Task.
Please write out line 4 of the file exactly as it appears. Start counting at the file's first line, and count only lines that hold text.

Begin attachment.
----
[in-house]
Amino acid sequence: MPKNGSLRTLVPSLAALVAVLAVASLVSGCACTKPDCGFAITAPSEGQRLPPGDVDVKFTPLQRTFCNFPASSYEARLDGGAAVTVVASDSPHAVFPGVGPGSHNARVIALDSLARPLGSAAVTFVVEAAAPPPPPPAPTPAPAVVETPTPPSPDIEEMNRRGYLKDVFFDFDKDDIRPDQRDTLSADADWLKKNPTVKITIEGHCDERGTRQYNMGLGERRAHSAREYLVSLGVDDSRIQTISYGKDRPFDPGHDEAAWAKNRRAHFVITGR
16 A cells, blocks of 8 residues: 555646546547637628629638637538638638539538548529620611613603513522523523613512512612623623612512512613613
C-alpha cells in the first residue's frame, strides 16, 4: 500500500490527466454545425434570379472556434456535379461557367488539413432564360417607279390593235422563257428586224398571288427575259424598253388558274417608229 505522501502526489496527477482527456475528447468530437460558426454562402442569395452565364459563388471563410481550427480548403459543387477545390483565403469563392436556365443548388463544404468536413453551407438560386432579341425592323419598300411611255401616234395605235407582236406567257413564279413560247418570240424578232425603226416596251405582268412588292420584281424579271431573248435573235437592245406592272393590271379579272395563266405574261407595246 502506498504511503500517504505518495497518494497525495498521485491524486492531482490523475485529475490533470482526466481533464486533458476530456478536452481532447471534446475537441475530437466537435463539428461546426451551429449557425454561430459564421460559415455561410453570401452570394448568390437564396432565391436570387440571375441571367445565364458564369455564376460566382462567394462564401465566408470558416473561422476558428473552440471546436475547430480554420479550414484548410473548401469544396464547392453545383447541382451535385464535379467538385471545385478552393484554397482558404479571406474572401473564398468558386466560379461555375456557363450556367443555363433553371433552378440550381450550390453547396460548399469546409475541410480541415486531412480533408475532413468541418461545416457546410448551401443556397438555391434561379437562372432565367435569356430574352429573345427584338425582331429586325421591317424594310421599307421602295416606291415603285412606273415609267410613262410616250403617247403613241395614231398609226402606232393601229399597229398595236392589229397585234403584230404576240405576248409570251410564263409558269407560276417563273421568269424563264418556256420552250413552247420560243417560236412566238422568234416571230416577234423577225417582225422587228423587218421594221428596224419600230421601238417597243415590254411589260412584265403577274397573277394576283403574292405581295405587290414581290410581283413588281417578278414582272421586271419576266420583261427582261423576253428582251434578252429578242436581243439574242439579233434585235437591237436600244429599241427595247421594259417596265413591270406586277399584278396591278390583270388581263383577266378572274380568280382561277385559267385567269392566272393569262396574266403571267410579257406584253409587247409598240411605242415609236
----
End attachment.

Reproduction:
C-alpha cells in the first residue's frame, strides 16, 4: 500500500490527466454545425434570379472556434456535379461557367488539413432564360417607279390593235422563257428586224398571288427575259424598253388558274417608229 505522501502526489496527477482527456475528447468530437460558426454562402442569395452565364459563388471563410481550427480548403459543387477545390483565403469563392436556365443548388463544404468536413453551407438560386432579341425592323419598300411611255401616234395605235407582236406567257413564279413560247418570240424578232425603226416596251405582268412588292420584281424579271431573248435573235437592245406592272393590271379579272395563266405574261407595246 502506498504511503500517504505518495497518494497525495498521485491524486492531482490523475485529475490533470482526466481533464486533458476530456478536452481532447471534446475537441475530437466537435463539428461546426451551429449557425454561430459564421460559415455561410453570401452570394448568390437564396432565391436570387440571375441571367445565364458564369455564376460566382462567394462564401465566408470558416473561422476558428473552440471546436475547430480554420479550414484548410473548401469544396464547392453545383447541382451535385464535379467538385471545385478552393484554397482558404479571406474572401473564398468558386466560379461555375456557363450556367443555363433553371433552378440550381450550390453547396460548399469546409475541410480541415486531412480533408475532413468541418461545416457546410448551401443556397438555391434561379437562372432565367435569356430574352429573345427584338425582331429586325421591317424594310421599307421602295416606291415603285412606273415609267410613262410616250403617247403613241395614231398609226402606232393601229399597229398595236392589229397585234403584230404576240405576248409570251410564263409558269407560276417563273421568269424563264418556256420552250413552247420560243417560236412566238422568234416571230416577234423577225417582225422587228423587218421594221428596224419600230421601238417597243415590254411589260412584265403577274397573277394576283403574292405581295405587290414581290410581283413588281417578278414582272421586271419576266420583261427582261423576253428582251434578252429578242436581243439574242439579233434585235437591237436600244429599241427595247421594259417596265413591270406586277399584278396591278390583270388581263383577266378572274380568280382561277385559267385567269392566272393569262396574266403571267410579257406584253409587247409598240411605242415609236